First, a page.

If you look at the model pages for any of the sets in our TV Ratings, you'll see that we now publish the settings we used during our evaluation that provided the best picture quality for each of the TVs. If you have the same model, you can use these settings on your TV, perhaps making small adjustments to compensate for the slight differences among individual sets.
It's generally good to start with the attributes set to a middle or neutral position, then adjust up or down until the image looks realistic. Although sharpness sounds like a plus, keep it at a bare minimum so details don't look harsh and overly enhanced. The same holds true for brightness and color. In most cases, high settings look unnatural.
I was recently reminded of just how important picture settings are when I switched video inputs on my TV. (I switched the cable box from HDMI to component-video so I could use the HDMI input for a Blu-ray player.) Suddenly, the TV picture looked atrocious—harsh, glaring, unnaturally sharp. It turned out that the set remembers the settings for each input. That's a nice feature in general, because it lets you optimize the picture for each source, say, your cable box on one and your disc player on the other. A few changes to the picture settings and I was back in business.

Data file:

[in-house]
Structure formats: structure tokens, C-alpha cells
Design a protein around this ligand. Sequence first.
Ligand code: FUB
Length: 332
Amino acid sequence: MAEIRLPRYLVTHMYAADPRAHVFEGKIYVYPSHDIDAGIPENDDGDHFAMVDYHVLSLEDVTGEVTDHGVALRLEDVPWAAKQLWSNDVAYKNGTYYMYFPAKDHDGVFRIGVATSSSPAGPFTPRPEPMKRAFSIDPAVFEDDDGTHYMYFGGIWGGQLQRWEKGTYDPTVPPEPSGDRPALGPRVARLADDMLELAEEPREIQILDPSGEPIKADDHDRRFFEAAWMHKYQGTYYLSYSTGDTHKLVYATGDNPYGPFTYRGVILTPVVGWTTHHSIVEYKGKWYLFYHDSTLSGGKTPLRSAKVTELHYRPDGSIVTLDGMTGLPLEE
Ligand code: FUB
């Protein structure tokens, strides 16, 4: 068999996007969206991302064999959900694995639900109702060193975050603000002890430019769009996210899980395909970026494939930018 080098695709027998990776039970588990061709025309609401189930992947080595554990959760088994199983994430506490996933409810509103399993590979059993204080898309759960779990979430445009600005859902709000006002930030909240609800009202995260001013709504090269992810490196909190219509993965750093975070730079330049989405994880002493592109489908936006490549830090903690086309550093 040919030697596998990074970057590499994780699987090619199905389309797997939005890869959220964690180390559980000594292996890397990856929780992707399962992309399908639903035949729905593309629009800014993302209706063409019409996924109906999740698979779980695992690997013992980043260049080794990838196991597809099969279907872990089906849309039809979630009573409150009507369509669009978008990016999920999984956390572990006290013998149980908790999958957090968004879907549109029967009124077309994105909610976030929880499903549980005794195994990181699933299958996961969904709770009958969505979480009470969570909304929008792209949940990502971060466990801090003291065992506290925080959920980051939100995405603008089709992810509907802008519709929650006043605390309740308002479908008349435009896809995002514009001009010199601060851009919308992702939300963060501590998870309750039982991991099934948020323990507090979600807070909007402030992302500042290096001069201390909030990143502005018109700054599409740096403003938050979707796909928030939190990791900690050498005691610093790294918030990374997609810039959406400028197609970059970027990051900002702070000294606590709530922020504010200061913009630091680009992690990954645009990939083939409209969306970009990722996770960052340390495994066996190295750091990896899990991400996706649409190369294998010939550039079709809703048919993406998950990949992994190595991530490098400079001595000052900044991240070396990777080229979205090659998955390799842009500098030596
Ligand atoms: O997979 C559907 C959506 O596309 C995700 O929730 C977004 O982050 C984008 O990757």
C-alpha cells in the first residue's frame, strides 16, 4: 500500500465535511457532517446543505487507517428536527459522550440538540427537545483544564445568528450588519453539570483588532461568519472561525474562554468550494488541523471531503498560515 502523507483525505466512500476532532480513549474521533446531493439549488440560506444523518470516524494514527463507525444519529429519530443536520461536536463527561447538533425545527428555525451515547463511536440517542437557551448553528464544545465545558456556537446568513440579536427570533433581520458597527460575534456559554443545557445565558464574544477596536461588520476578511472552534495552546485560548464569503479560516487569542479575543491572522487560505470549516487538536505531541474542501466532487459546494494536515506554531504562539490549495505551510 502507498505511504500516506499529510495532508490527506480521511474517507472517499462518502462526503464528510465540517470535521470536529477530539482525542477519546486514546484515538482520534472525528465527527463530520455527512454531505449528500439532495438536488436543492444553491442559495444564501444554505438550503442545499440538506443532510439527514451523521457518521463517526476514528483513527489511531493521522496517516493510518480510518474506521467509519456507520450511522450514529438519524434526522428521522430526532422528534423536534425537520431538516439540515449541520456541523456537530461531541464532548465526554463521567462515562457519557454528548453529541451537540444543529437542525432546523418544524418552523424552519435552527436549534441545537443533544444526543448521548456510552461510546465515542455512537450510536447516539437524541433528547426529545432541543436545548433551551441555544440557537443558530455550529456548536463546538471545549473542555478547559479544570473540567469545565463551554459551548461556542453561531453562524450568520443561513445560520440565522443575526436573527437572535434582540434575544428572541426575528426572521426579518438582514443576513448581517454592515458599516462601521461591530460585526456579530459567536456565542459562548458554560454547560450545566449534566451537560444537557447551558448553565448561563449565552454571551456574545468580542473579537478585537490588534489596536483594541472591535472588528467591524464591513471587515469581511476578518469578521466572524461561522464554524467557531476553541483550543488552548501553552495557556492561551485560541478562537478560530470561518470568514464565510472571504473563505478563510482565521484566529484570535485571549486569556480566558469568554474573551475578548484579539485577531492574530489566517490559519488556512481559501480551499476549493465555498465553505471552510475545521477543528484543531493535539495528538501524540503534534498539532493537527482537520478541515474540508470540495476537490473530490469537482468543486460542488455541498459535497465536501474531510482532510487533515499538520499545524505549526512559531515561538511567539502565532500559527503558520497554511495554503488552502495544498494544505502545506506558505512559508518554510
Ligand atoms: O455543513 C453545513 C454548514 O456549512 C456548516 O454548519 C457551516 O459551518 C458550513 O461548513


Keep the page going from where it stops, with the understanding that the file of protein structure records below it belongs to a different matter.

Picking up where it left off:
Of course, you need good-quality content to get optimal picture quality. A Blu-ray disc is the best quality you can get at home, but some HD TV programming is very good as well. And make sure you're using either the HDMI or component-video input to get high-def from a cable, satellite, or phone company box. With off-air HD from an antenna, you can use the coaxial input.
If you held off shopping for a new set until after the holiday dust settled, be sure to check our latest LCD and plasma TV Ratings (available to subscribers) to see which sets deliver the goods.
So don’t settle for less than the best your TV has to offer. It's all in your hands.